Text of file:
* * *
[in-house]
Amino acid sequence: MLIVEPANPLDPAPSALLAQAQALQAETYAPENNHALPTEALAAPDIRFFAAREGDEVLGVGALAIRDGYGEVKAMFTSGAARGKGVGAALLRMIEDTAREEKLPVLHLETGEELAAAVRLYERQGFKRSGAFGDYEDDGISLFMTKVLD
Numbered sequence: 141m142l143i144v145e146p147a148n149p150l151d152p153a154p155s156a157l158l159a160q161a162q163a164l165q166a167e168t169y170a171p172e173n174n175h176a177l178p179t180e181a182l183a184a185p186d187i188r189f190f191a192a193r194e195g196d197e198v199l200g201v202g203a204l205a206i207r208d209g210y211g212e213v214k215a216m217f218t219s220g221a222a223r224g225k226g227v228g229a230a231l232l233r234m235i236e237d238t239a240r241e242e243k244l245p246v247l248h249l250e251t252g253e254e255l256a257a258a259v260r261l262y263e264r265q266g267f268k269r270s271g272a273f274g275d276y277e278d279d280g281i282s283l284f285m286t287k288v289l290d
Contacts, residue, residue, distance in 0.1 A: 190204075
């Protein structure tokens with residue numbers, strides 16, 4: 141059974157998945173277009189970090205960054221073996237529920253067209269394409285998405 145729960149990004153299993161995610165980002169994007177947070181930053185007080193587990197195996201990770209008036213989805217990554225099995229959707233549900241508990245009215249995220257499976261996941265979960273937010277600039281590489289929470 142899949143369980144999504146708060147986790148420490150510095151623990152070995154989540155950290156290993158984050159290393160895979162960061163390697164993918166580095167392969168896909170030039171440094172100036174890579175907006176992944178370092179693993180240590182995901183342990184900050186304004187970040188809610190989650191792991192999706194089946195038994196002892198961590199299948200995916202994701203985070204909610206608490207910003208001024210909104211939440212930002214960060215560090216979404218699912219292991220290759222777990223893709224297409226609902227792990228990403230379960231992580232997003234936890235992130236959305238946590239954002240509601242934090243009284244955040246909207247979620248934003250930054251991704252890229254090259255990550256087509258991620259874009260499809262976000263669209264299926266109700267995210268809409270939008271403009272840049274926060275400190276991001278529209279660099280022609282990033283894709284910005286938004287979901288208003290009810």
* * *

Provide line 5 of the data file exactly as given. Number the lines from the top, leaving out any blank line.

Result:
């Protein structure tokens with residue numbers, strides 16, 4: 141059974157998945173277009189970090205960054221073996237529920253067209269394409285998405 145729960149990004153299993161995610165980002169994007177947070181930053185007080193587990197195996201990770209008036213989805217990554225099995229959707233549900241508990245009215249995220257499976261996941265979960273937010277600039281590489289929470 142899949143369980144999504146708060147986790148420490150510095151623990152070995154989540155950290156290993158984050159290393160895979162960061163390697164993918166580095167392969168896909170030039171440094172100036174890579175907006176992944178370092179693993180240590182995901183342990184900050186304004187970040188809610190989650191792991192999706194089946195038994196002892198961590199299948200995916202994701203985070204909610206608490207910003208001024210909104211939440212930002214960060215560090216979404218699912219292991220290759222777990223893709224297409226609902227792990228990403230379960231992580232997003234936890235992130236959305238946590239954002240509601242934090243009284244955040246909207247979620248934003250930054251991704252890229254090259255990550256087509258991620259874009260499809262976000263669209264299926266109700267995210268809409270939008271403009272840049274926060275400190276991001278529209279660099280022609282990033283894709284910005286938004287979901288208003290009810």